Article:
The following are some observations on the impending show trial over impeachment in the Senate.  Front page writer Bonchie outlined the hypocrisy of the Democrats and their co-conspirators- the NeverTrump contingent- when it comes to the political nature of impeachment.  That article mainly dealt with Mitch McConnell’s intention of “coordinating” with the White House over a defense and witnesses.

Of course, impeachment is a political device.  The Constitution is both very specific and very ambiguous when it comes to impeachment reasons.  Bribery and treason are well-defined offenses; “high crimes and misdemeanors” are not.  That simply opens the way for any political party to force the sham of “we don’t like you” down the throats of fellow legislators.  The mere fact that this is only the third time in our history it will have happened is somewhat surprising.  Even more surprising is that the Democrats have opted for this route in 2019.

As for the rules, guess what?  The Senate gets to propose, vote and agree upon those rules.  Getting a simple majority to impeach in the House is the easiest task in this whole affair.  The whole ball game changes in the Senate.  It is like inter-league MLB games where the pitcher sits and the visiting team uses a designated hitter in the American League ballpark.  McConnell is not beholden to the rules of the 1990s with respect to Clinton any more than Trent Lott and Tom Daschle were beholden to the rules of the 1860s with Andrew Johnson.  Think of it this way: the House is a grand jury and everyone knows a “prosecutor” can indict a hamburger.  But when it gets into a court (the Senate), it is a whole new set of rules.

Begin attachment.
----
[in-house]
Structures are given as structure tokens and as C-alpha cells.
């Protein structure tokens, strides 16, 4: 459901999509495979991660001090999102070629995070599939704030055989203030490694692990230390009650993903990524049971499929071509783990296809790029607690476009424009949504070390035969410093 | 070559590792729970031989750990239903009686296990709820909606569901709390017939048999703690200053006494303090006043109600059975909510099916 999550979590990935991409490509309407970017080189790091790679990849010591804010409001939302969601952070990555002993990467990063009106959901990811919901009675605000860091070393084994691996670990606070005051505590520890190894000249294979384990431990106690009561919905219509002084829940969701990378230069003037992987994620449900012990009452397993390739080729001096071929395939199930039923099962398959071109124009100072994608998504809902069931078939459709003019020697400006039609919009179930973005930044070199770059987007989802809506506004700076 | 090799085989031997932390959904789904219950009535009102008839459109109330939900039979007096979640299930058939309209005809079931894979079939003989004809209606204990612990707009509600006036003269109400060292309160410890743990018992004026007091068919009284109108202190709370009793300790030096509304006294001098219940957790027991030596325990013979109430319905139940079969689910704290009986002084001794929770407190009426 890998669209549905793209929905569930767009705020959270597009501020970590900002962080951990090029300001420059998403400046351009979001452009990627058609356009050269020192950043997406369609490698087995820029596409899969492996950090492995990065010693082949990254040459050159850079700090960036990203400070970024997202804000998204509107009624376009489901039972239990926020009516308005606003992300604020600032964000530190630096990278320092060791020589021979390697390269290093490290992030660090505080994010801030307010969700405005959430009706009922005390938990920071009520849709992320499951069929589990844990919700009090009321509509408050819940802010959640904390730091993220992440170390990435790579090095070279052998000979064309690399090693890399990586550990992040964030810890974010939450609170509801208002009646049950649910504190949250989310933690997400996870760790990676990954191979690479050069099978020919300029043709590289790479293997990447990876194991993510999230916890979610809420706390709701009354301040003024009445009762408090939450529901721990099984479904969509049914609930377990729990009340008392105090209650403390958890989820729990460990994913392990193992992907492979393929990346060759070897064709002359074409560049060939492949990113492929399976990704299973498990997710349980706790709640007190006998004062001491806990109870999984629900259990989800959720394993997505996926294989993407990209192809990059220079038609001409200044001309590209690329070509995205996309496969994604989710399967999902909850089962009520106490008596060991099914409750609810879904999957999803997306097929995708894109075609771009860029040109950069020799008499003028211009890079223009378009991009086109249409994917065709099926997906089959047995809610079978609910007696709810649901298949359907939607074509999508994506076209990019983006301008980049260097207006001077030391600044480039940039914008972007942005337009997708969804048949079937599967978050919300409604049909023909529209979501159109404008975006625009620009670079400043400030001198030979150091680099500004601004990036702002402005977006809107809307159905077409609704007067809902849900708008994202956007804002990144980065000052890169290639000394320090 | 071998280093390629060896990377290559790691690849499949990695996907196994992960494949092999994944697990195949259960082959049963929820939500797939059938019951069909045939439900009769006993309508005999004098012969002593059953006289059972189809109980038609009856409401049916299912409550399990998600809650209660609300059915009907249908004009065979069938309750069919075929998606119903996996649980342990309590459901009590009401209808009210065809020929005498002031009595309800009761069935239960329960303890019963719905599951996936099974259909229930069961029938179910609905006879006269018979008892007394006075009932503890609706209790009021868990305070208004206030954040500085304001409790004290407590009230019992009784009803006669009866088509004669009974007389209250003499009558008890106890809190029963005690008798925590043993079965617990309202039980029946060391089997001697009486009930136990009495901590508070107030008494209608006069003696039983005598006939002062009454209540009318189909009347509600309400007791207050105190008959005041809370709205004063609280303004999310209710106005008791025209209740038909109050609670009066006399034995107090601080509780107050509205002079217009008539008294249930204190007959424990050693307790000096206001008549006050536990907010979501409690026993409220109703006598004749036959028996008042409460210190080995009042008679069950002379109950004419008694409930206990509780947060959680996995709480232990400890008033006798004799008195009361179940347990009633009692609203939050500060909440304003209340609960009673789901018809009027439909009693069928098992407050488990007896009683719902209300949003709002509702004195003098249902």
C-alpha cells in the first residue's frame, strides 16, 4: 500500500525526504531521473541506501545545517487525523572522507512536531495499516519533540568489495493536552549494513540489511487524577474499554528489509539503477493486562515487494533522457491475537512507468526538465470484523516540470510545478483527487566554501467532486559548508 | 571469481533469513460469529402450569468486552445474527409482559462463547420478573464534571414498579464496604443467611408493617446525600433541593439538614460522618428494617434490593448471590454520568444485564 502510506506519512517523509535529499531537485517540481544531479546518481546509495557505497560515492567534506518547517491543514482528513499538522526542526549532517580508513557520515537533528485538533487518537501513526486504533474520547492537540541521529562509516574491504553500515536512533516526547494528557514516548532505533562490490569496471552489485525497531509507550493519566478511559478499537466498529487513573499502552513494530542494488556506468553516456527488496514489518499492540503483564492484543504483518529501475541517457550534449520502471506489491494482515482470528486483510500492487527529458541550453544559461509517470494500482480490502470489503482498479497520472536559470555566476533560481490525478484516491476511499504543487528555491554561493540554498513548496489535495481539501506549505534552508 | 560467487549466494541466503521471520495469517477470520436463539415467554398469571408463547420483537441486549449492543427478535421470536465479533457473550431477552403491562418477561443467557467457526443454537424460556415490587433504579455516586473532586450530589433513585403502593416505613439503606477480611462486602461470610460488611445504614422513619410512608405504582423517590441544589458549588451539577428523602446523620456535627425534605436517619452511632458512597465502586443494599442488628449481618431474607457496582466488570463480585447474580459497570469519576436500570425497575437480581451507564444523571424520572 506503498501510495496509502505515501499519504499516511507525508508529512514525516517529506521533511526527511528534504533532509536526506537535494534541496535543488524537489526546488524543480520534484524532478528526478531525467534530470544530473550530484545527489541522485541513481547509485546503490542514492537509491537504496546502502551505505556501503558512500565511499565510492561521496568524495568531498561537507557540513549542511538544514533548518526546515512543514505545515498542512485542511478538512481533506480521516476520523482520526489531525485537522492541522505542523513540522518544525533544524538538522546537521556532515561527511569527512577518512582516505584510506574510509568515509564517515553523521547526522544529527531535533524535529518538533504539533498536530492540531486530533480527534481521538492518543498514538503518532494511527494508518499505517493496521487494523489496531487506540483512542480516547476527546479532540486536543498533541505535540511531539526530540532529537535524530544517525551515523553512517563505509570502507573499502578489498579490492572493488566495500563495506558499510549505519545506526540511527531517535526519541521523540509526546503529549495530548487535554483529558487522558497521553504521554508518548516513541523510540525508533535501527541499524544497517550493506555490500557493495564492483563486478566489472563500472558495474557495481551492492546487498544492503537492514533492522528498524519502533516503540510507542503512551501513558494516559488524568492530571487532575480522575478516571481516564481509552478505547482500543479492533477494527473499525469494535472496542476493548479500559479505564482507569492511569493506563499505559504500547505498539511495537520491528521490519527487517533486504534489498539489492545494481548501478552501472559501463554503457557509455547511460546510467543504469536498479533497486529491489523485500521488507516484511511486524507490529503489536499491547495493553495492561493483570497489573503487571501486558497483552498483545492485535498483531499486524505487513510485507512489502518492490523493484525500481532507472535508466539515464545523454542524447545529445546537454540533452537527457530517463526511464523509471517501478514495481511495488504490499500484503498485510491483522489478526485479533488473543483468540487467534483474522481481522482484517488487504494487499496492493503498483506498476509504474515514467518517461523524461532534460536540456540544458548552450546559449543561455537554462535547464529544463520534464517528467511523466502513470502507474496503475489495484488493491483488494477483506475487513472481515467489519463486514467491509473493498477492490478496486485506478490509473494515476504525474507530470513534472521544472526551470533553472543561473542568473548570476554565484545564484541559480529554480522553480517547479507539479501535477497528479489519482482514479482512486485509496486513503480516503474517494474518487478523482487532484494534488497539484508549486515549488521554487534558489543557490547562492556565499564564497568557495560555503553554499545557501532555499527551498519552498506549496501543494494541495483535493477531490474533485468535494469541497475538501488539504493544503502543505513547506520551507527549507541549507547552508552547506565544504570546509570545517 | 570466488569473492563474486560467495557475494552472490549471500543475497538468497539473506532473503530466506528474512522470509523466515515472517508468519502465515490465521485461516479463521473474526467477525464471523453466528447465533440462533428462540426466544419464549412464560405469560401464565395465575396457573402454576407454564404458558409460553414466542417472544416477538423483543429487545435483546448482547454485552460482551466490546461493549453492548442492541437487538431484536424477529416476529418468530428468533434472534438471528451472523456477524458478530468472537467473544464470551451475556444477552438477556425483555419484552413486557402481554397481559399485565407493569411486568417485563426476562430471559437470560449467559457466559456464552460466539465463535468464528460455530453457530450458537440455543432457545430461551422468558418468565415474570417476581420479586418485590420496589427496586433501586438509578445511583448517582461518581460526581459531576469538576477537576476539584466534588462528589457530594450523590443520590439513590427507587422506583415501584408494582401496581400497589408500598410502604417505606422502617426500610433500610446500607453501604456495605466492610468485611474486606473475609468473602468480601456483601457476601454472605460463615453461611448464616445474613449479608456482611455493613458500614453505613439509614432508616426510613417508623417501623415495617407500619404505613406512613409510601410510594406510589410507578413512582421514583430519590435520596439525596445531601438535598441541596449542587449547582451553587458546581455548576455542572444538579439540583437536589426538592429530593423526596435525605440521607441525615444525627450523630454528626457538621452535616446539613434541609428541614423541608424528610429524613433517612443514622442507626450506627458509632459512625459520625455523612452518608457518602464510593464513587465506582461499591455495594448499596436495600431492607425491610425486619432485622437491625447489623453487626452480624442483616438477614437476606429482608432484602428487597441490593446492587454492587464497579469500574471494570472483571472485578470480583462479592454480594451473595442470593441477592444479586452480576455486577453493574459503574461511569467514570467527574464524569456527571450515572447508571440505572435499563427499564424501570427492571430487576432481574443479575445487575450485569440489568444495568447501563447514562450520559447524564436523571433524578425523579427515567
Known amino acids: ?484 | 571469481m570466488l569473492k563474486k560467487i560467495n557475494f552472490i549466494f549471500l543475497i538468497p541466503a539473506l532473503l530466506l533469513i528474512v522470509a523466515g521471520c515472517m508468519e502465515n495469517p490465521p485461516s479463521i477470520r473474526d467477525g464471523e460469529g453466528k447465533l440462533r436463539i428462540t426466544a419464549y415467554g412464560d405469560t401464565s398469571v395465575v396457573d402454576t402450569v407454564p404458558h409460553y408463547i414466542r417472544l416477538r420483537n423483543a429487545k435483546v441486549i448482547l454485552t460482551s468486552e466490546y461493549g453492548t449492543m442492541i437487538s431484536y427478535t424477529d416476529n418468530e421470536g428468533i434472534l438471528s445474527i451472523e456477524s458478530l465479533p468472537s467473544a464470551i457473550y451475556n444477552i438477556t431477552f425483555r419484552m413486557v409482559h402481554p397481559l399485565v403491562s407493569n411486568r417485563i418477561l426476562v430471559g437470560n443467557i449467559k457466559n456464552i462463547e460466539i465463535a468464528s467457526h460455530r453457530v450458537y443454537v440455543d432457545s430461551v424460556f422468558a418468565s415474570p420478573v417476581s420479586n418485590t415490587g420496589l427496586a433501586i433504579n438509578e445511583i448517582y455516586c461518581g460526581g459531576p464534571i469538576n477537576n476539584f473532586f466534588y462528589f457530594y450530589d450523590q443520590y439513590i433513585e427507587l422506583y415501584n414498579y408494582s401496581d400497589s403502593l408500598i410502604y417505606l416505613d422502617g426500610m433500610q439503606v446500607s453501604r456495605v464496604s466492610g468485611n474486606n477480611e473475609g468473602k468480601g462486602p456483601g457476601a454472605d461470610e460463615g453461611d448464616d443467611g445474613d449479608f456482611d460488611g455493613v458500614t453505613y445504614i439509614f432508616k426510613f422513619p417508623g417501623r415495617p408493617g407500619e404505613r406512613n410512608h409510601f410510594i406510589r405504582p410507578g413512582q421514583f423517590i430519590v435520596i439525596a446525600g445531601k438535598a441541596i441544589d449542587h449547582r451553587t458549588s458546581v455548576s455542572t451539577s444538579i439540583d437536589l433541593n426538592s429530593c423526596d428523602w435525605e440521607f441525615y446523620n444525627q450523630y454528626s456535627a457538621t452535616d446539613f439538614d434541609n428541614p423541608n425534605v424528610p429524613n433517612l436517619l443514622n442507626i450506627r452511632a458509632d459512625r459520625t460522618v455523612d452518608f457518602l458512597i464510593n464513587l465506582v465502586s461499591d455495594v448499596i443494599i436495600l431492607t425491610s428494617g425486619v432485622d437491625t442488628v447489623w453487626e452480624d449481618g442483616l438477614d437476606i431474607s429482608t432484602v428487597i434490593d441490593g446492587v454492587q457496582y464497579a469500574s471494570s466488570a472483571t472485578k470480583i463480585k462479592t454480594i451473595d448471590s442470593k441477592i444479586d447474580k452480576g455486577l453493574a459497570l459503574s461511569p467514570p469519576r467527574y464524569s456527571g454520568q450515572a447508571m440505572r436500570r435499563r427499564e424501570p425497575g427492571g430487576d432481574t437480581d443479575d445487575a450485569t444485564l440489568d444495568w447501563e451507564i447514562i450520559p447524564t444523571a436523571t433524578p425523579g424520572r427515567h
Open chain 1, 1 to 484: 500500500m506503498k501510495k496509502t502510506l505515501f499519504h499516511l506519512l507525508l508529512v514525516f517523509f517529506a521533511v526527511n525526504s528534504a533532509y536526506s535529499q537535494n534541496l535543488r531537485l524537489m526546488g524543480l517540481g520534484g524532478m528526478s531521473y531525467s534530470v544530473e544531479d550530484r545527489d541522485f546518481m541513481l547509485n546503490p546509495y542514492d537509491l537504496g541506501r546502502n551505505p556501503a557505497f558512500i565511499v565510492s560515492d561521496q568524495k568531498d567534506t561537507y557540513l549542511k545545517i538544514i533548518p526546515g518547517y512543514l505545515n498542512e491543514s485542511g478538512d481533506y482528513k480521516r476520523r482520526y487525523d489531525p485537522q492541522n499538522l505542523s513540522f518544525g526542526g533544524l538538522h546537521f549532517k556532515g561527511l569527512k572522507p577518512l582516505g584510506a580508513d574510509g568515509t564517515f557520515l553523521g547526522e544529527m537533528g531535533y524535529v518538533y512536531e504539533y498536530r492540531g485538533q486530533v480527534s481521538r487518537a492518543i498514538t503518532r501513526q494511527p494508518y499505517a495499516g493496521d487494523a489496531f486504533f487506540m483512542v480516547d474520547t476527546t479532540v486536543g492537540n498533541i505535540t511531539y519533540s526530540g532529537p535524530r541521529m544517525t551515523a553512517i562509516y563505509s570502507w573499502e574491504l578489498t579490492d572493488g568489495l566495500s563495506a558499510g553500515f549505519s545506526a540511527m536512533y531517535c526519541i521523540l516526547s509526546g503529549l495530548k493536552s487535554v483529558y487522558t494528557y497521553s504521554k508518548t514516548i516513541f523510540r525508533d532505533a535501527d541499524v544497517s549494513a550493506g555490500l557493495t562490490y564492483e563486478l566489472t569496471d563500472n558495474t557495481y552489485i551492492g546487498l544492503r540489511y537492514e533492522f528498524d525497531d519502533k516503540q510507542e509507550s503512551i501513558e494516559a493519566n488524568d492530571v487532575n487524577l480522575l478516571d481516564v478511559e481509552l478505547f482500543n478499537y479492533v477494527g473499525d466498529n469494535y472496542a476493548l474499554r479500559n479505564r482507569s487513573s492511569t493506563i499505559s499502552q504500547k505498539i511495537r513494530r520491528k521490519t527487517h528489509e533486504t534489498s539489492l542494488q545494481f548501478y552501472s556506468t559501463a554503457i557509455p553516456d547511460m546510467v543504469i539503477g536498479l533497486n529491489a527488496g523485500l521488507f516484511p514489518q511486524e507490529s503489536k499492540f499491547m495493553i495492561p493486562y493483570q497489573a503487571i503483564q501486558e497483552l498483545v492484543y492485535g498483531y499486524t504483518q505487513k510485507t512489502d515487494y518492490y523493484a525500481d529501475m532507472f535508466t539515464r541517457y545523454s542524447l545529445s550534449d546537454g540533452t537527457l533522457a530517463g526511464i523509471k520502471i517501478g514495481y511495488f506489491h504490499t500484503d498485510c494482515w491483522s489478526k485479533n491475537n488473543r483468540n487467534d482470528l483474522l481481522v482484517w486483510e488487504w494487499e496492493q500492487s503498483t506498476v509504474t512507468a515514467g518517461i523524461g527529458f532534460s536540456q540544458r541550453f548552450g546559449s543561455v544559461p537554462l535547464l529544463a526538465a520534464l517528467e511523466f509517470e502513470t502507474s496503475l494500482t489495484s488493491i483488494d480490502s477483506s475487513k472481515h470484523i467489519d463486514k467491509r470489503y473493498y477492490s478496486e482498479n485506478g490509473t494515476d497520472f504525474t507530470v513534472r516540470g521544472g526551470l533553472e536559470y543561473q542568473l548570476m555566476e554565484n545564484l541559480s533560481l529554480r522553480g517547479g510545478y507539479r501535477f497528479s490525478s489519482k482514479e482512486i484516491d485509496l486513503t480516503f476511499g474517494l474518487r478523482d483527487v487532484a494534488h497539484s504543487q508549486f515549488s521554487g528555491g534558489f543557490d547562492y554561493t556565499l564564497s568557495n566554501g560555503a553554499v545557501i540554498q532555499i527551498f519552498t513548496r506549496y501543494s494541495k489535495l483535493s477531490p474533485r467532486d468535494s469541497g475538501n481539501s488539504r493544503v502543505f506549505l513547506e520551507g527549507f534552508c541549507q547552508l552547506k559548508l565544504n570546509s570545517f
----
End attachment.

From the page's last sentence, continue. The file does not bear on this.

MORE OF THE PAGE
One of those things that differentiate a trial from a grand jury is this little concept enshrined in our Constitution called due process.  Was there due process in the House proceedings?  Anyone who watched that sham show would have to have an IQ less than 60 to answer in the affirmative.  Although Trump was allegedly afforded counsel to be present, he refused.  When you know the cards are stacked against you, it makes no sense to waste time and effort on the Schiff/Nadler show.